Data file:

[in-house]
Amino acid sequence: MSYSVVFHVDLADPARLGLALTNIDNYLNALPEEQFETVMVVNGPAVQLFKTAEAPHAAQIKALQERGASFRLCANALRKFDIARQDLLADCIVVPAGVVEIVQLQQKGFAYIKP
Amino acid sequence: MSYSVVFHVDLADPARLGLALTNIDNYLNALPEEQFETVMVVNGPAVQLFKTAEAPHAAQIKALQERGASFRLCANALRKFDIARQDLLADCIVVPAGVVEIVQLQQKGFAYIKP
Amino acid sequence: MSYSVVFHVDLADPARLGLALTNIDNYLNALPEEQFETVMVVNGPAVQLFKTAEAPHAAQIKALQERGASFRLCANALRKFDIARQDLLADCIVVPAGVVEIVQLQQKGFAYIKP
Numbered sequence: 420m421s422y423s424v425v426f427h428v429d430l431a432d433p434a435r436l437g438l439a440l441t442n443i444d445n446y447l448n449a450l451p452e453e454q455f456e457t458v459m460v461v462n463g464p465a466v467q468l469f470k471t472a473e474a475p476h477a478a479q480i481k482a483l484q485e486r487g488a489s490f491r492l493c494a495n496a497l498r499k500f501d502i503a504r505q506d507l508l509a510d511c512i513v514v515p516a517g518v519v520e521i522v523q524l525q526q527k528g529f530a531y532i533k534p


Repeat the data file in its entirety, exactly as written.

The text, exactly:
[in-house]
Amino acid sequence: MSYSVVFHVDLADPARLGLALTNIDNYLNALPEEQFETVMVVNGPAVQLFKTAEAPHAAQIKALQERGASFRLCANALRKFDIARQDLLADCIVVPAGVVEIVQLQQKGFAYIKP
Amino acid sequence: MSYSVVFHVDLADPARLGLALTNIDNYLNALPEEQFETVMVVNGPAVQLFKTAEAPHAAQIKALQERGASFRLCANALRKFDIARQDLLADCIVVPAGVVEIVQLQQKGFAYIKP
Amino acid sequence: MSYSVVFHVDLADPARLGLALTNIDNYLNALPEEQFETVMVVNGPAVQLFKTAEAPHAAQIKALQERGASFRLCANALRKFDIARQDLLADCIVVPAGVVEIVQLQQKGFAYIKP
Numbered sequence: 420m421s422y423s424v425v426f427h428v429d430l431a432d433p434a435r436l437g438l439a440l441t442n443i444d445n446y447l448n449a450l451p452e453e454q455f456e457t458v459m460v461v462n463g464p465a466v467q468l469f470k471t472a473e474a475p476h477a478a479q480i481k482a483l484q485e486r487g488a489s490f491r492l493c494a495n496a497l498r499k500f501d502i503a504r505q506d507l508l509a510d511c512i513v514v515p516a517g518v519v520e521i522v523q524l525q526q527k528g529f530a531y532i533k534p